I spent some time marveling at the boys’ little faces, but mostly tried to keep their diapers changed, tummies full, and bodies swaddled. The nurses helped, but I knew that I had to figure out how to do this on my own. I knew there would be times that I wouldn’t have help. At five days old, the boys were discharged from the hospital. The next several weeks are a blur of feedings, spit up, diaper changes, figuring out how to keep them from peeing down their legs out of the diapers(!!), snatches of sleep, and doctor’s appointments. When I got a spare moment to think, I worried that I didn’t love my babies. They were so much work! Was life always going to be this hard? I was so tired. I thought I was supposed to enjoy motherhood on some level, but joy was not an emotion I could find.
I Worried About Bonding with my Newborn Twins
If I could go back in time and give myself some advice, here’s what I would tell early-mom me:
You love those babies. It’s just not the all-consuming emotion you expected. While you slept in their room, you heard every little noise they made. Your ear was fine-tuned to those babies because they were your innate priority.
You will deal with some medical scares that will twist your heart – because the thought of your babies hurting is extremely painful. But you love those babies.
You will marvel that these boys were once a part of your body, and you will fall back into the pattern of talking to them like you did when they were in your belly.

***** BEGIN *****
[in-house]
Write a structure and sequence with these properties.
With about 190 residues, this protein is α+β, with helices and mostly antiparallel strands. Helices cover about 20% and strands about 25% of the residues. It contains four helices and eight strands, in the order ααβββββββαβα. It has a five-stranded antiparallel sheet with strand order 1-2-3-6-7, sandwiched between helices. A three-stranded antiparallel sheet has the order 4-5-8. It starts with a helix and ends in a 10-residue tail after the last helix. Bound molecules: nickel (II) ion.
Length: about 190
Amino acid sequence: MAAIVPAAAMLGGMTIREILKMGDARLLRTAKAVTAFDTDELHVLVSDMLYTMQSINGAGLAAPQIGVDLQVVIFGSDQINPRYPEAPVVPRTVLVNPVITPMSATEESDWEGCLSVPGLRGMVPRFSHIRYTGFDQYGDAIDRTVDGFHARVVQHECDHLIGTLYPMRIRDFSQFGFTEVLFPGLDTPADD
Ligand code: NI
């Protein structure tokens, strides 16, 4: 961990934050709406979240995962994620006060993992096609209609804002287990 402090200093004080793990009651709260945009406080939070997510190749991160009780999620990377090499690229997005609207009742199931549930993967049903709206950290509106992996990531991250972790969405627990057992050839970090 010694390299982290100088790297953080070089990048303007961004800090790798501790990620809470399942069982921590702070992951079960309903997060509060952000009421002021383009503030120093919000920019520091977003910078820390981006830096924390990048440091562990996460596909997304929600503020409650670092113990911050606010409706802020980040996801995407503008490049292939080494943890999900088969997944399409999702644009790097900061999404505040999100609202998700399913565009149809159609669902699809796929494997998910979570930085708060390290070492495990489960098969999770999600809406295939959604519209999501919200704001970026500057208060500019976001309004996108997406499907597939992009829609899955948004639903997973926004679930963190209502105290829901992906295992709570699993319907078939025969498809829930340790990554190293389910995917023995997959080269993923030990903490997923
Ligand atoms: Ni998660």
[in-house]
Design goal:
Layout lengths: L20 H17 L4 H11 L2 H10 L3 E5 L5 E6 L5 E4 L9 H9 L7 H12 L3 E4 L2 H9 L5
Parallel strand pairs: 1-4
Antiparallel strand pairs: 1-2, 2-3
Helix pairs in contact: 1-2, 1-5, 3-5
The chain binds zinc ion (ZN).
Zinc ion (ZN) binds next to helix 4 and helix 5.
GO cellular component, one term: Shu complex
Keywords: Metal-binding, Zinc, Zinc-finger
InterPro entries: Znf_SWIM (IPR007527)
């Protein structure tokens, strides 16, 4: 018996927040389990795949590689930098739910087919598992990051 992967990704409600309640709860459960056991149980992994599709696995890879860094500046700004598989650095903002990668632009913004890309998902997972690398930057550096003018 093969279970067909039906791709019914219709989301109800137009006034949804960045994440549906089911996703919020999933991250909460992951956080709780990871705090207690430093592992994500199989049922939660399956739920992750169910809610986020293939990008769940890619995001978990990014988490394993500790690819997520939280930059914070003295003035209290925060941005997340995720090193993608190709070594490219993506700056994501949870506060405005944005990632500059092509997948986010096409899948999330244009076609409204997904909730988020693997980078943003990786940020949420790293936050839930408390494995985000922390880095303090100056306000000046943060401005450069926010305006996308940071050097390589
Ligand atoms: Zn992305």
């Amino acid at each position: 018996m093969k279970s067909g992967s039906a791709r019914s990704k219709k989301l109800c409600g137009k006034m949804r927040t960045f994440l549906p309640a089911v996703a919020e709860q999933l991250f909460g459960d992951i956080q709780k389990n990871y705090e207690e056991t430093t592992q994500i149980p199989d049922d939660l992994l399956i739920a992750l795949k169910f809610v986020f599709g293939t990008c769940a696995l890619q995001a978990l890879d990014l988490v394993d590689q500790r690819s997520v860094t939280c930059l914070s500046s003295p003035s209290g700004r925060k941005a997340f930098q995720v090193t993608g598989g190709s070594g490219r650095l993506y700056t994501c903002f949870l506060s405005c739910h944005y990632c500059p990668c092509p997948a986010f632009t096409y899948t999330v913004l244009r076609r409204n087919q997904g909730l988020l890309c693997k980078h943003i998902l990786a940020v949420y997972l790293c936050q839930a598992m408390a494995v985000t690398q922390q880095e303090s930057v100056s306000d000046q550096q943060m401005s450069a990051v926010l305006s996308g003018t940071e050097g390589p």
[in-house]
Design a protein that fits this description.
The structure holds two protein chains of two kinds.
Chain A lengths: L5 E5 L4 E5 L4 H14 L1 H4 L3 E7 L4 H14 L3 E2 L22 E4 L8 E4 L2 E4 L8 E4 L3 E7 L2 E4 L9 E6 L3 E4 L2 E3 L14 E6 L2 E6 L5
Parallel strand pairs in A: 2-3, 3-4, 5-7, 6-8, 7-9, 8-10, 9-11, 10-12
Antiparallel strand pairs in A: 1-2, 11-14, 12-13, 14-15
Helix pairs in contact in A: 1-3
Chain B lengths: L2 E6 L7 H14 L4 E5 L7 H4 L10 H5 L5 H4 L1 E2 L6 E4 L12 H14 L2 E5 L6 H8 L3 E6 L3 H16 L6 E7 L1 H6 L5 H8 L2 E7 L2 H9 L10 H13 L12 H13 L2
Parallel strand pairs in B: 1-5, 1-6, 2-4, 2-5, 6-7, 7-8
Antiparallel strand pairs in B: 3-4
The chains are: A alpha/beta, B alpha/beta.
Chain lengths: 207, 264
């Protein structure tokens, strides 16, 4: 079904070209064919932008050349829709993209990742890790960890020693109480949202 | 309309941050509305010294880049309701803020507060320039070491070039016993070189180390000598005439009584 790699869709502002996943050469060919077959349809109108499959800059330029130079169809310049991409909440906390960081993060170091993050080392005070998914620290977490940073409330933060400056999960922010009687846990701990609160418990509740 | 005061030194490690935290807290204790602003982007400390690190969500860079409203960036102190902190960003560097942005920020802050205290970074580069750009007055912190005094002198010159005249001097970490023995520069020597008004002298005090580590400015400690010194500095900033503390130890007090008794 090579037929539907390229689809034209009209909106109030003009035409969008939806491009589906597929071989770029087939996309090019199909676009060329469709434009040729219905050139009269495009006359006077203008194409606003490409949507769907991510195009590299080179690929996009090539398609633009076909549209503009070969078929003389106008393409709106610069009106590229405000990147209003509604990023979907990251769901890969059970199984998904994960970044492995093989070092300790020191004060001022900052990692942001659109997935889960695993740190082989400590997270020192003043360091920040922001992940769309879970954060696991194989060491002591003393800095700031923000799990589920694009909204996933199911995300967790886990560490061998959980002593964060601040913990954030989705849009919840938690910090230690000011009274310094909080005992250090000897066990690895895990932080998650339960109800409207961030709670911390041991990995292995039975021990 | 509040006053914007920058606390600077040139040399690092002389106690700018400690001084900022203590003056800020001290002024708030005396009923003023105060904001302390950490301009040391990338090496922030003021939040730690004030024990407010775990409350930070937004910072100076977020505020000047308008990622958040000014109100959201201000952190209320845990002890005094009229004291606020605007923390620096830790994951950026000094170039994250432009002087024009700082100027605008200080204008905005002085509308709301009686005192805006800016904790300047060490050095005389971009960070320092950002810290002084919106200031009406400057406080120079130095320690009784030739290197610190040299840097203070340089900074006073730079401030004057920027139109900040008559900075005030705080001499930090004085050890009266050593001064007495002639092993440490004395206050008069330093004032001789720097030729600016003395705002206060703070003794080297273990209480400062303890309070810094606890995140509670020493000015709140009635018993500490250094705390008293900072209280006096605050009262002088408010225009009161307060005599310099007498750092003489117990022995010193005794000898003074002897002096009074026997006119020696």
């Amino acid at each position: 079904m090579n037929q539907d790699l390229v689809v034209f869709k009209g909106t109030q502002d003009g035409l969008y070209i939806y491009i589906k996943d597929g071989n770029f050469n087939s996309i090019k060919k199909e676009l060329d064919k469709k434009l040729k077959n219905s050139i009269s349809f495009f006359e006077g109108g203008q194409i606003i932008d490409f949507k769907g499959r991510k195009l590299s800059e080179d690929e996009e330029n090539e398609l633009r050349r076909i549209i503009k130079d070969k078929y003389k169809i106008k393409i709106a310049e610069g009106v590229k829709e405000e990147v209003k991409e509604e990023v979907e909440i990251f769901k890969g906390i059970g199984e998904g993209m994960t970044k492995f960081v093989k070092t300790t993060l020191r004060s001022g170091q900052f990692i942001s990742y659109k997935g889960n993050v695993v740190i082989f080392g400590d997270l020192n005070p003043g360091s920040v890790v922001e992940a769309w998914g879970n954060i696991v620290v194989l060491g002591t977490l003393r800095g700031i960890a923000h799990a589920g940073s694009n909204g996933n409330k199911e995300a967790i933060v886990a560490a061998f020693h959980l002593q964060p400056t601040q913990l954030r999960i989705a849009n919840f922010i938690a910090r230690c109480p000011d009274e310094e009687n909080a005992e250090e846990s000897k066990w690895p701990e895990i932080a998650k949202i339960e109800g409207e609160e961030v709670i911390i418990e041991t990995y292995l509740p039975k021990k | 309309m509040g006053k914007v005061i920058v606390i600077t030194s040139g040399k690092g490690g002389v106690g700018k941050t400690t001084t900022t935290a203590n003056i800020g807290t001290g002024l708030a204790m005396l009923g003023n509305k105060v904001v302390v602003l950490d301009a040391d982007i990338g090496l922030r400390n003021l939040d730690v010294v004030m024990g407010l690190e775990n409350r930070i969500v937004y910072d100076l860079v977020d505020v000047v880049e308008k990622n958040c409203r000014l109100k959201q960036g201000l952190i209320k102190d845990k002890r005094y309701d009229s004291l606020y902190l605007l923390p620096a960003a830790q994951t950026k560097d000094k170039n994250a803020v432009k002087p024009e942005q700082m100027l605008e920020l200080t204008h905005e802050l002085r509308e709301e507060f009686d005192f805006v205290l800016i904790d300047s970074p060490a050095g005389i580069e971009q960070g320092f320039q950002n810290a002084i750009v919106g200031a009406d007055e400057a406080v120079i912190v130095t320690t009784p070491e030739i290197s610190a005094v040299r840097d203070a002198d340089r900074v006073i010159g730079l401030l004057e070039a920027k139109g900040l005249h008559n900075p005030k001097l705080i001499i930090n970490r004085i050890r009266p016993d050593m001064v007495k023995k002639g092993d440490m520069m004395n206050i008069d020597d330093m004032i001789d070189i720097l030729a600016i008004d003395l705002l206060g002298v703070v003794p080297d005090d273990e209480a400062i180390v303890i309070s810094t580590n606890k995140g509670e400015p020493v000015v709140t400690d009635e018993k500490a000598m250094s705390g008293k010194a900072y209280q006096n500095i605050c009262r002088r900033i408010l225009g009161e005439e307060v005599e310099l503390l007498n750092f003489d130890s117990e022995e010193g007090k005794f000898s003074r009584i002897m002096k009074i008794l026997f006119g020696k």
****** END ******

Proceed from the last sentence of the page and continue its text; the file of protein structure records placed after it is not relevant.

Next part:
They will be late smilers, but then they smile all the time.
The bond of motherhood will creep so gradually that you won’t even notice that it has formed because it’s become second nature to you.
You will feel guilty about returning to work and enjoying it. But you will find childcare that they enjoy going to every day, but they still do a happy dance when you arrive to take them home.
Despite nothing ever going the way you expect, you will enjoy being their mom (even if you sometimes need a break from them!) and there’s no one better equipped for the job.
Michelle Haire: I’m an accountant and originally from Owensboro, Kentucky and currently residing in Jeffersonville, Indiana. My husband/partner-in-crime helps me keep my sanity with the crazy life of keeping twin toddlers alive. My identical mono-di boys will be 2 years old in June. My guys currently enjoy climbing up on tables, snacking like they are starving then losing interest in meals, and dancing around in only their diapers. I love to read (when I have time), travel (flying with the boys this summer, wish us luck!), and rediscover the world through my kids.